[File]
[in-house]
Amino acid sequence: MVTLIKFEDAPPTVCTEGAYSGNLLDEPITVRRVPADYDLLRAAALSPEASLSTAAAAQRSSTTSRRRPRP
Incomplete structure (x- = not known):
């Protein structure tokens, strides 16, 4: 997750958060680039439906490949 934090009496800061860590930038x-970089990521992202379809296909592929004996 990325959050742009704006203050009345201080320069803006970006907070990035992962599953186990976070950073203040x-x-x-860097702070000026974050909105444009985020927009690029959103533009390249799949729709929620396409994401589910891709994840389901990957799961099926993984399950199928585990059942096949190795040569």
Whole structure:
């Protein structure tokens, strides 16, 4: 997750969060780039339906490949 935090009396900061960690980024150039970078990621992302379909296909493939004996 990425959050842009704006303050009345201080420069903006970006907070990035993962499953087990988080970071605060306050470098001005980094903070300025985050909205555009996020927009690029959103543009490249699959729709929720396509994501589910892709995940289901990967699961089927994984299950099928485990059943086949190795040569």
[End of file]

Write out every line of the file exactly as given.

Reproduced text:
[in-house]
Amino acid sequence: MVTLIKFEDAPPTVCTEGAYSGNLLDEPITVRRVPADYDLLRAAALSPEASLSTAAAAQRSSTTSRRRPRP
Incomplete structure (x- = not known):
């Protein structure tokens, strides 16, 4: 997750958060680039439906490949 934090009496800061860590930038x-970089990521992202379809296909592929004996 990325959050742009704006203050009345201080320069803006970006907070990035992962599953186990976070950073203040x-x-x-860097702070000026974050909105444009985020927009690029959103533009390249799949729709929620396409994401589910891709994840389901990957799961099926993984399950199928585990059942096949190795040569």
Whole structure:
């Protein structure tokens, strides 16, 4: 997750969060780039339906490949 935090009396900061960690980024150039970078990621992302379909296909493939004996 990425959050842009704006303050009345201080420069903006970006907070990035993962499953087990988080970071605060306050470098001005980094903070300025985050909205555009996020927009690029959103543009490249699959729709929720396509994501589910892709995940289901990967699961089927994984299950099928485990059943086949190795040569």